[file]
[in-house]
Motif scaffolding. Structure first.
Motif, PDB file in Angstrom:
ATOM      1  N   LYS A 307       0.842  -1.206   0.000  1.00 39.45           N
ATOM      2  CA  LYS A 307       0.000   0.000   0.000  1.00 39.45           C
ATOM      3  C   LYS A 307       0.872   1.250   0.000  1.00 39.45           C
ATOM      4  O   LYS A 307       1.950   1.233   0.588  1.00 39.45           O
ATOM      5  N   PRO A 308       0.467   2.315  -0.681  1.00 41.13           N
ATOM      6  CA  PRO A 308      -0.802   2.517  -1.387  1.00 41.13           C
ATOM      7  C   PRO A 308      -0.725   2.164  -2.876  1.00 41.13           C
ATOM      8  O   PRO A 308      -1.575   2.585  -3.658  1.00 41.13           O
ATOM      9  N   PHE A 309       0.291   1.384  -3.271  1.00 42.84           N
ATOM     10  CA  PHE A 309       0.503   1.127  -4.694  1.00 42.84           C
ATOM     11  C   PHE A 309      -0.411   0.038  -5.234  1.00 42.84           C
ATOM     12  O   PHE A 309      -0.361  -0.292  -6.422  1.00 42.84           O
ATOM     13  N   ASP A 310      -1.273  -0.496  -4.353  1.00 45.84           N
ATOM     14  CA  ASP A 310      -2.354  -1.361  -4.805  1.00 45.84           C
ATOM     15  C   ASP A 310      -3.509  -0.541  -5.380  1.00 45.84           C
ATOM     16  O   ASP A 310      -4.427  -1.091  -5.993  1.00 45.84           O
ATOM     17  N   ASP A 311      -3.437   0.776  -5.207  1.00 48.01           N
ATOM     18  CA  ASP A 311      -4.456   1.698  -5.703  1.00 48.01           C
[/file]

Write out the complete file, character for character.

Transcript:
[in-house]
Motif scaffolding. Structure first.
Motif, PDB file in Angstrom:
ATOM      1  N   LYS A 307       0.842  -1.206   0.000  1.00 39.45           N
ATOM      2  CA  LYS A 307       0.000   0.000   0.000  1.00 39.45           C
ATOM      3  C   LYS A 307       0.872   1.250   0.000  1.00 39.45           C
ATOM      4  O   LYS A 307       1.950   1.233   0.588  1.00 39.45           O
ATOM      5  N   PRO A 308       0.467   2.315  -0.681  1.00 41.13           N
ATOM      6  CA  PRO A 308      -0.802   2.517  -1.387  1.00 41.13           C
ATOM      7  C   PRO A 308      -0.725   2.164  -2.876  1.00 41.13           C
ATOM      8  O   PRO A 308      -1.575   2.585  -3.658  1.00 41.13           O
ATOM      9  N   PHE A 309       0.291   1.384  -3.271  1.00 42.84           N
ATOM     10  CA  PHE A 309       0.503   1.127  -4.694  1.00 42.84           C
ATOM     11  C   PHE A 309      -0.411   0.038  -5.234  1.00 42.84           C
ATOM     12  O   PHE A 309      -0.361  -0.292  -6.422  1.00 42.84           O
ATOM     13  N   ASP A 310      -1.273  -0.496  -4.353  1.00 45.84           N
ATOM     14  CA  ASP A 310      -2.354  -1.361  -4.805  1.00 45.84           C
ATOM     15  C   ASP A 310      -3.509  -0.541  -5.380  1.00 45.84           C
ATOM     16  O   ASP A 310      -4.427  -1.091  -5.993  1.00 45.84           O
ATOM     17  N   ASP A 311      -3.437   0.776  -5.207  1.00 48.01           N
ATOM     18  CA  ASP A 311      -4.456   1.698  -5.703  1.00 48.01           C